A Parent's Guide to Raising Grieving Children Rebuilding Your Family after the Death of a Loved One

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  • Edition: 1st
  • Format: Paperback
  • Copyright: 2009-04-02
  • Publisher: Oxford University Press
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When children lose someone they love, they lose part of their very identity. Life, as they knew it, will never be quite the same. The world that once felt dependable and safe may suddenly seem a frightening, uncertain place, where nobody understands what they're feeling. In this deeply sympathetic book, Phyllis R. Silverman and Madelyn Kelly offer wise guidance on virtually every aspect of childhood loss, from living with someone who's dying to preparing the funeral; from explaining death to a two year old to managing the moods of a grieving teenager; from dealing with people who don't understand to learning how and where to get help from friends, therapists, and bereavement groups; from developing a new sense of self to continuing a relationship with the person who died. Throughout, the authors advocate an open, honest approach, suggesting that our instinctive desire to "protect" children from the reality of death may be more harmful than helpful. "Children want you to acknowledge what is happening, to help them understand it," the authors suggest. "In this way, they learn to trust their own ability to make sense out of what they see." Drawing on groundbreaking research into what bereaved children are really experiencing, and quoting real conversations with parents and children who have walked that road, the book allows readers to see what others have learned from mourning and surviving the death of a loved one. In a culture where grief is so often invisible and misunderstood, the wisdom derived from such first-hand experience is invaluable. Filled with compassion and common sense, A Parent's Guide to Raising Grieving Children: Rebuilding Your Family after the Loss of a Loved One offers readers a wealth of solace and sound advice, and even--where one might least expect it--a measure of hope.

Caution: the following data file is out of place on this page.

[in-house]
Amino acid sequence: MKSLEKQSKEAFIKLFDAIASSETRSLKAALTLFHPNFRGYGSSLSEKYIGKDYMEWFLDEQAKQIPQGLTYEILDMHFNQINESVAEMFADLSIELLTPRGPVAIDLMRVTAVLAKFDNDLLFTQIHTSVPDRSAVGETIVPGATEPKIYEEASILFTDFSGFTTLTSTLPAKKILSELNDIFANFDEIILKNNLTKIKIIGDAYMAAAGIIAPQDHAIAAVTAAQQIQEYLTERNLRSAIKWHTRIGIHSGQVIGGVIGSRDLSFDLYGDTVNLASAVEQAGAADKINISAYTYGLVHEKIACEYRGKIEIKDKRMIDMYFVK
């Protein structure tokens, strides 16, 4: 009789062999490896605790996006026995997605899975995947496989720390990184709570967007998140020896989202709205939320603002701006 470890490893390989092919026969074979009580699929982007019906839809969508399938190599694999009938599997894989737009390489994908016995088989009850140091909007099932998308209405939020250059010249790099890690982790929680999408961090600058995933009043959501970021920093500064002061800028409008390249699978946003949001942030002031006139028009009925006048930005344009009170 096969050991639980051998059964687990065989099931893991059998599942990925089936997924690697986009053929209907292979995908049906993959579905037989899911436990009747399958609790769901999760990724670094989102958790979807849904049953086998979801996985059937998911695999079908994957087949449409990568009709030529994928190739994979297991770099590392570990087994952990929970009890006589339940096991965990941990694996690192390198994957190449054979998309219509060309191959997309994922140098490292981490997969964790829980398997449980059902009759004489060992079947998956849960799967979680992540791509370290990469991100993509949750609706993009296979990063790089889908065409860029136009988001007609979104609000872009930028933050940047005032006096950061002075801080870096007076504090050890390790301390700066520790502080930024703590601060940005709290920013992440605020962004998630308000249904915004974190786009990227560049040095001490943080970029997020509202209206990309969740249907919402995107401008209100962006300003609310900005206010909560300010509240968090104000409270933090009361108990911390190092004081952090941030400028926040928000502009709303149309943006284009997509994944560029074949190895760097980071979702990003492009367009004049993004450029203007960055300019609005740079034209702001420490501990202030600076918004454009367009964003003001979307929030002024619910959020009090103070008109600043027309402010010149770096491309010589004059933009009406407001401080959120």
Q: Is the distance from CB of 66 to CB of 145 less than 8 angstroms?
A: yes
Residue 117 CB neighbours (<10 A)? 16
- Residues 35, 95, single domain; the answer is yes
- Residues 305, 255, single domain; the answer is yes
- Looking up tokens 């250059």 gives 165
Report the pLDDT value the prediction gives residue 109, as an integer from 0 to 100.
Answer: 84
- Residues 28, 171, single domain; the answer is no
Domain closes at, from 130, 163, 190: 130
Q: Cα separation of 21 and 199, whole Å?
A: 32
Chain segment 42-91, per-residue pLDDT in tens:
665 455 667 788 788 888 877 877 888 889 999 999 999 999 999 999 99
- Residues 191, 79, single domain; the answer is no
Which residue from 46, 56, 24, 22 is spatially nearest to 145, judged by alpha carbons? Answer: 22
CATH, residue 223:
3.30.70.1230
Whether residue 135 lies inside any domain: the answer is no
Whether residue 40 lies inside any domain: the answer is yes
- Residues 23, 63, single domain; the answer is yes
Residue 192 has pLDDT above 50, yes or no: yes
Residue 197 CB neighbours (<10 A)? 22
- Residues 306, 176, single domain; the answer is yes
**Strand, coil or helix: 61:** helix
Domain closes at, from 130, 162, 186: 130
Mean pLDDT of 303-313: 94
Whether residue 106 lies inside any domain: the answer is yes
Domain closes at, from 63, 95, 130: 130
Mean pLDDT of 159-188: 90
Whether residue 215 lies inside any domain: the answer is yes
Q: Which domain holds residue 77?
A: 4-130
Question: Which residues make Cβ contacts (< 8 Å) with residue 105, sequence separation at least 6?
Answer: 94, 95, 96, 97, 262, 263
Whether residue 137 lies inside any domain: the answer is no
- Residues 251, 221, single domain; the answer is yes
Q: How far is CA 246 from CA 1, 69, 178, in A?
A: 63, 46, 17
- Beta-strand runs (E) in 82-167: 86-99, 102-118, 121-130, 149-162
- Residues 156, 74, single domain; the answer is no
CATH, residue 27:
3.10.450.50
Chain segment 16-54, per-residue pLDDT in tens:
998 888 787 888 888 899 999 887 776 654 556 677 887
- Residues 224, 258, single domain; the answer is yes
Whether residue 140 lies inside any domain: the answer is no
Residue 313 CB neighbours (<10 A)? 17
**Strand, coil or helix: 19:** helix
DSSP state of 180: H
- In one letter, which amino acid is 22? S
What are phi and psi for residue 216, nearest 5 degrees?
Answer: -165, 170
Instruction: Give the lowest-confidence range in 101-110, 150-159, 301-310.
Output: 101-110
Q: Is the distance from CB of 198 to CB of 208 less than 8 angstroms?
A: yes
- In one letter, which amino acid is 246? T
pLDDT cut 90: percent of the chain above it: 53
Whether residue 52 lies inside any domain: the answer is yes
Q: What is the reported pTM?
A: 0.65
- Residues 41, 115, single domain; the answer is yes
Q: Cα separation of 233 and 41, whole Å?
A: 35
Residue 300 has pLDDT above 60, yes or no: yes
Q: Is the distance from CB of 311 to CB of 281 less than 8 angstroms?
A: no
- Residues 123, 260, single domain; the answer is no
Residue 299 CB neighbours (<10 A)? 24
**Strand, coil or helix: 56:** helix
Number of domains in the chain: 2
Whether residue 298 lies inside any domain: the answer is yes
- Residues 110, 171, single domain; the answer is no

Author Biography

Phyllis R. Silverman has received many awards for her work and is recognized internationally as a leader in the field of bereavement. The co-principal investigator of the pioneering Harvard Child Bereavement Study, her books include Widow to Widow: How the Bereaved Help Each Other and Never Too Young to Know: Death in Children's Lives.
Madelyn Kelly is a writer and television news producer, and the mother of two sons. Her husband, the writer/columnist/editor Michael Kelly, was the first American journalist to be killed in the Iraq war, in 2003. She edited a compilation of his work, Things Worth Fighting For: Collected Writing.

Table of Contents

Road Map For A Long Journeyp. 1
You Don't Have to Do This Alonep. 2
Why We Wrote This Bookp. 4
How to Read This Bookp. 7
Some Words of Advicep. 8
What Death Means to Childrenp. 12
Age Mattersp. 13
Preschool-Age Children: A Limited Concept of Deathp. 17
Elementary School-Age Children: A Growing Understanding of Deathp. 21
The Teenage Years: A Fuller Comprehensionp. 28
Someone I Love Is Dyingp. 34
Getting Bad Newsp. 35
How to Get Helpp. 43
My Spouse Is Dying: Anticipating Living as a Single Parentp. 52
My Child Is Dying: Anticipating an Altered Familyp. 55
Someone I Love Has Diedp. 60
The Finality of Death: The Door Is Closedp. 63
How Children Reactp. 64
Staggering Throughp. 70
Making Decisionsp. 72
Rites and Ritualsp. 77
After A Parent's Death: A World Upside Downp. 86
Losing Your Past, Present, and Futurep. 87
What Your Children Have Lostp. 88
Different Ways of Showing Griefp. 90
Lives Reexaminedp. 91
Redesigning the Role of Parentp. 92
Going Back to Schoolp. 101
Feelings and What to Do with Themp. 107
Falling Apart, and Coming Togetherp. 114
Be Patient with Yourself and with Your Childrenp. 121
After A Child's Death: A Family Disruptedp. 123
The Parent's View: Coping with Your Own Lossp. 126
Two Parents, and at Least Two Ways of Grievingp. 130
Other People Do Not Always Helpp. 134
Parenting Your Other Childrenp. 137
The Child's View: What It Means to Lose a Siblingp. 140
Friends and Bulliesp. 143
Collapse of Their World: A Lost Way of Lifep. 146
The Lost Worldp. 148
A New Outlook, for You and Your Childrenp. 155
After A Friend's Death: Invisible Mournersp. 158
Death and Funeralsp. 163
Trying to Make Sense of It Allp. 169
Constructing a Relationship with the Person Who Diedp. 175
Help of All Kindsp. 180
The Early Period after the Deathp. 181
Finding Help at Schoolp. 185
Help with Financial and Legal Issuesp. 186
Time Moves Forward, but Help Is Still Neededp. 188
Individual Counseling for Children and Adultsp. 191
Bereavement Groups for Children and Adultsp. 193
Not All Help Is Helpfulp. 198
A Reordered Universep. 202
Continuing Bondsp. 205
What Happens after Death: Faith, Dreams, Visions, and Visitsp. 206
Connections over Timep. 213
Looking Back, Looking Aheadp. 226
The New Worldp. 227
Dating and Remarriagep. 229
The Child's Pathp. 236
Indexp. 245
Table of Contents provided by Ingram. All Rights Reserved.

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